The Future of Work in 5 Soundbites
Is your organisation ready for the future of work? How digitally literate is your company?
According to a 2018 survey by the Singapore Business Federation, 1 in 4 Singaporean workplaces have yet to implement any notable transformation and are lagging behind.
But not to worry- having a future-ready workforce doesn’t mean mastering complicated coding sequences. It’s as simple as following these 5 tips, as Laurence Smith — Head of Asia — shared on 938 Now:
1. Workplaces are generally behind in Technology
Individuals are usually more digitally literate than workplaces and institutions.
“We are already digitally literate as individuals,” says Laurence. “If you look at us at home, your parents — even your grandparents — may be on Facebook or Instagram. But in our working lives, the technology we have access to in the office is generally a generation behind. Our companies are often trailing in this aspect.”
“We need to think of digital literacy in four curves: as individuals, workers, businesses, and government. What matters is how you can move each of them closer together, so that each of us has a higher literacy level.”
SmartUp’s Head of Learning & Talent shares why the future of work is digital.
So how can we prepare for the future of work?
2. Make Learning Fun Again
Picking up digital skills and creating digital awareness is easier when learning is fun. It’s the sure-fire way to engage people.
“We’ve seen a number of local and international companies with very high levels of voluntary learning on evenings and weekends- this is very unusual. We don’t usually get people learning work stuff during those times for fun. But when using SmartUp, they actually do. It’s partly because learning is easy, and partly because it’s fun.”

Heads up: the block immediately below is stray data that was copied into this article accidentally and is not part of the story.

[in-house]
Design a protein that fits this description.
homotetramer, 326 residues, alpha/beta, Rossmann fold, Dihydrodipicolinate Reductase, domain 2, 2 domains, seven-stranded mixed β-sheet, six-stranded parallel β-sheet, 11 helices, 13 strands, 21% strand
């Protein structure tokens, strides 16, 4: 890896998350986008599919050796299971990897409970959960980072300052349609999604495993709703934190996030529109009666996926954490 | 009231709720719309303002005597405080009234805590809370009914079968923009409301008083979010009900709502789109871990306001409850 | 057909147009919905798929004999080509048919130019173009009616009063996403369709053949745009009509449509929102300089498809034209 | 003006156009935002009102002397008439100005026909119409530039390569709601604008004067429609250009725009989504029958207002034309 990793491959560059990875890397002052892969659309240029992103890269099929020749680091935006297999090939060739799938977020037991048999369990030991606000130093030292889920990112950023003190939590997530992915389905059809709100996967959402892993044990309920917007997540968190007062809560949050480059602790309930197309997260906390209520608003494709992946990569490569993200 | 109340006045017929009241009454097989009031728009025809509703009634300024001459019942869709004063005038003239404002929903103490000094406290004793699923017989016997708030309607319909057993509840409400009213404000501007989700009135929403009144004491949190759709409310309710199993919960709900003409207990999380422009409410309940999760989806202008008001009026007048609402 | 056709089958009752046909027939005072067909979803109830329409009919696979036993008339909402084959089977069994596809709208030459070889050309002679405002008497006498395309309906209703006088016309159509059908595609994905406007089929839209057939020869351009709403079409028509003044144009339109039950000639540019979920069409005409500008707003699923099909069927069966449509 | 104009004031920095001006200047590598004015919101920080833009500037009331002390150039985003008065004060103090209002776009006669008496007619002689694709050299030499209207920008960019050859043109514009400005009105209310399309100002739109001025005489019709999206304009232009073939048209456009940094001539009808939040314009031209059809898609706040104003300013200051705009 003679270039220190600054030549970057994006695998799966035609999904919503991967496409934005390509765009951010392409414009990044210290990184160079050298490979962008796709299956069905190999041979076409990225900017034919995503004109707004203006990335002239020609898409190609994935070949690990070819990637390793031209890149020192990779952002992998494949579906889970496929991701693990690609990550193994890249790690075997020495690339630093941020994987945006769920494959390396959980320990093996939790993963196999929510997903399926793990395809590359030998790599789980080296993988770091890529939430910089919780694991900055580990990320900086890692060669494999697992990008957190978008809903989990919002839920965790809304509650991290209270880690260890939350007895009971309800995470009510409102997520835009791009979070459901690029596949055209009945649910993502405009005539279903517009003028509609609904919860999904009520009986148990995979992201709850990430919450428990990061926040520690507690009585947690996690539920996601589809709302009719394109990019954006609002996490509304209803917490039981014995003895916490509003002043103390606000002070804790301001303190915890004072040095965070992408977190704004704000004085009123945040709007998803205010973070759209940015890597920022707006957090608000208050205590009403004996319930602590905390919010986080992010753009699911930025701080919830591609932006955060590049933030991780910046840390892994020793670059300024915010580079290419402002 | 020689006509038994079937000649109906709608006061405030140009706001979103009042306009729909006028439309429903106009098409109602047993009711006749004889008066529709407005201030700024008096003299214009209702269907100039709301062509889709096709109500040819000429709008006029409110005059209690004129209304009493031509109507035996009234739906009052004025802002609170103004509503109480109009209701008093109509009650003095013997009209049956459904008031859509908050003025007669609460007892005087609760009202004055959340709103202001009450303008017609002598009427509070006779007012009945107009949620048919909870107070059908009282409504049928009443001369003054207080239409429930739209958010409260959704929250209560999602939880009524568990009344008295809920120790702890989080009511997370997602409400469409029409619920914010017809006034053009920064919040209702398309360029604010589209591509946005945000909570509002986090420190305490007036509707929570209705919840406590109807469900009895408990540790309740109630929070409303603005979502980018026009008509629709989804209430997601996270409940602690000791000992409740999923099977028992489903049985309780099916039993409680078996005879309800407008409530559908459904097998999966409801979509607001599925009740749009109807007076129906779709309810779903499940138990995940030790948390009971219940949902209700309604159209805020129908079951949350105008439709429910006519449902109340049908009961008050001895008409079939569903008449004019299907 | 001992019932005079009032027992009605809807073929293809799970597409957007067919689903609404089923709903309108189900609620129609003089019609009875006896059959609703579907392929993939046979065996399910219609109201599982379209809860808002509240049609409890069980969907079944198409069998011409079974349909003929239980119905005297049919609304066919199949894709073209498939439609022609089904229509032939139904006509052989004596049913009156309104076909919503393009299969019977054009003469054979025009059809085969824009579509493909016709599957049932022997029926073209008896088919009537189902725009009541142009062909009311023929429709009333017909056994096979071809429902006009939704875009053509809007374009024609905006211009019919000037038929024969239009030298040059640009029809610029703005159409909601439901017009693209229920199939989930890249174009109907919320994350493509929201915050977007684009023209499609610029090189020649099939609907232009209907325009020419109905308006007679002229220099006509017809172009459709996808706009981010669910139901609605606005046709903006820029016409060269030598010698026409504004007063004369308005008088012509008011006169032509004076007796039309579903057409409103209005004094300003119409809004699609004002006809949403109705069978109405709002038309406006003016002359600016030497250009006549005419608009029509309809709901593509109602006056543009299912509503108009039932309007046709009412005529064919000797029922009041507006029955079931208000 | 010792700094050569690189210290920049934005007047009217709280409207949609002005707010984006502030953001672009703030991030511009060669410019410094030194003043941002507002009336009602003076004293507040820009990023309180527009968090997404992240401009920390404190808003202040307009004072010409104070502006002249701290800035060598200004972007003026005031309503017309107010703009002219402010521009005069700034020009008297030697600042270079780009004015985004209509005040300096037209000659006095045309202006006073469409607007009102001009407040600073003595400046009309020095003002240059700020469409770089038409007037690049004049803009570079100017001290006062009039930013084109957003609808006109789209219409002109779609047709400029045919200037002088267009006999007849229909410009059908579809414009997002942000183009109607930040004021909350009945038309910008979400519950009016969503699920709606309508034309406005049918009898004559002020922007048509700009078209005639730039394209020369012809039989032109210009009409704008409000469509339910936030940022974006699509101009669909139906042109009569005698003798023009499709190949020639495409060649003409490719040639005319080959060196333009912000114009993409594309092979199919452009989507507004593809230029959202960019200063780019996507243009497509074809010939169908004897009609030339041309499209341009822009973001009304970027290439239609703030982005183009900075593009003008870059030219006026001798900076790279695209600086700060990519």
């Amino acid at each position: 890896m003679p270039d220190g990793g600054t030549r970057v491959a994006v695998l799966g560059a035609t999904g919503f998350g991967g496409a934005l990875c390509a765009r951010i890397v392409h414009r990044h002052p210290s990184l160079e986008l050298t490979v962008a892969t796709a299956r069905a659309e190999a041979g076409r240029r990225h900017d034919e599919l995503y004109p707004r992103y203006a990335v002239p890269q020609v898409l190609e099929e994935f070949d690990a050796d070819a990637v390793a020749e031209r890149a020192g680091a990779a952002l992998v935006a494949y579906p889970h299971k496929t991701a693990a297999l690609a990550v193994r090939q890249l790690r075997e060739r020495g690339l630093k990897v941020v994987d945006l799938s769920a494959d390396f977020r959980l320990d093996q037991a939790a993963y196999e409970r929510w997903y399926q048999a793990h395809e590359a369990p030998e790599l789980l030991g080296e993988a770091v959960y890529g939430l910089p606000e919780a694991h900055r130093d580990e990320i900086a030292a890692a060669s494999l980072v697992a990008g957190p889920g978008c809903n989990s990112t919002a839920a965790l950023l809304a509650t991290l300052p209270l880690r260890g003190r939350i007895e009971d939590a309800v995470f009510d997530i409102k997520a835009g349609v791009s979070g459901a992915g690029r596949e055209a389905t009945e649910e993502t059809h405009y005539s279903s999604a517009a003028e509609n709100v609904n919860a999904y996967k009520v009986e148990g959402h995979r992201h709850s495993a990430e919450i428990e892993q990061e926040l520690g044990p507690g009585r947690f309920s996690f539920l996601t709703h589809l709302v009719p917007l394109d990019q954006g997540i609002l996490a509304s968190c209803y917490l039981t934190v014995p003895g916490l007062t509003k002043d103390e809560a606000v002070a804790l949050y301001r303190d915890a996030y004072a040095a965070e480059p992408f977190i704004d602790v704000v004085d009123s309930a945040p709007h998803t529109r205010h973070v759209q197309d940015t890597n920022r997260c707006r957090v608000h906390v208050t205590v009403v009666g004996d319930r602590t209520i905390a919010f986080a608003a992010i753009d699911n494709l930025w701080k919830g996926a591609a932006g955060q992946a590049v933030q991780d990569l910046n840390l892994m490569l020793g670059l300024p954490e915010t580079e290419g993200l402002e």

3. Practise Lifelong Learning
“I think as the speed of technology changes, people are realising that it’s no longer about going to school for 12 years, then university, and that’s it for life.
In fact, the half-life of professional skills is about 5 years, so people need to constantly redevelop themselves,” insists Laurence.
Where do we start?
4. Decide on the answers you want
Data helps find answers you need to drive business growth. But first, ask the right questions.
“If you start with bad data, you ultimately get bad insights. So, companies need quality data. Know what insights you’re trying to get, and from there, what questions to ask. Once you have those, run the analytics against that data set and get insights.
Even though Big Data and AI do lots of good things, people still add value to machines. It all comes down to knowing what type of answers we want and what questions we ask,” he says.
5. Sign on with SmartUp!
Gone are the days of high entry barriers. Creating quality learning content today is intuitive and accessible — and it’s all thanks to apps like SmartUp.
“There’s a whole democratisation of learning going on,” shares Laurence. The app makes it easy to create and share content within an organisation.
“The best thing? It’s even accessible for non-technical people from any company of any size. With SmartUp, companies enjoy peer-to-peer content creation. Think of it like blogging on Medium, LinkedIn, or any word processor. You have control over the publishing of content too.
SmartUp’s microlearning content is also interactive. Instead of boring PDFs or slides, our content is snappy, engaging, and gamified with polls, quizzes, and embedded videos. We provide a library of content around topics like digital skills and the future of work.
On top of that, you continuously get data from your audience. You find out their opinions, strengths, and weaknesses. For example, if you’re in a distributed workforce, you can find out if they like the new products or whether customers prefer the old one.”
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Interview has been edited for brevity and coherence.
Originally published at www.smartup.io on February 8, 2018.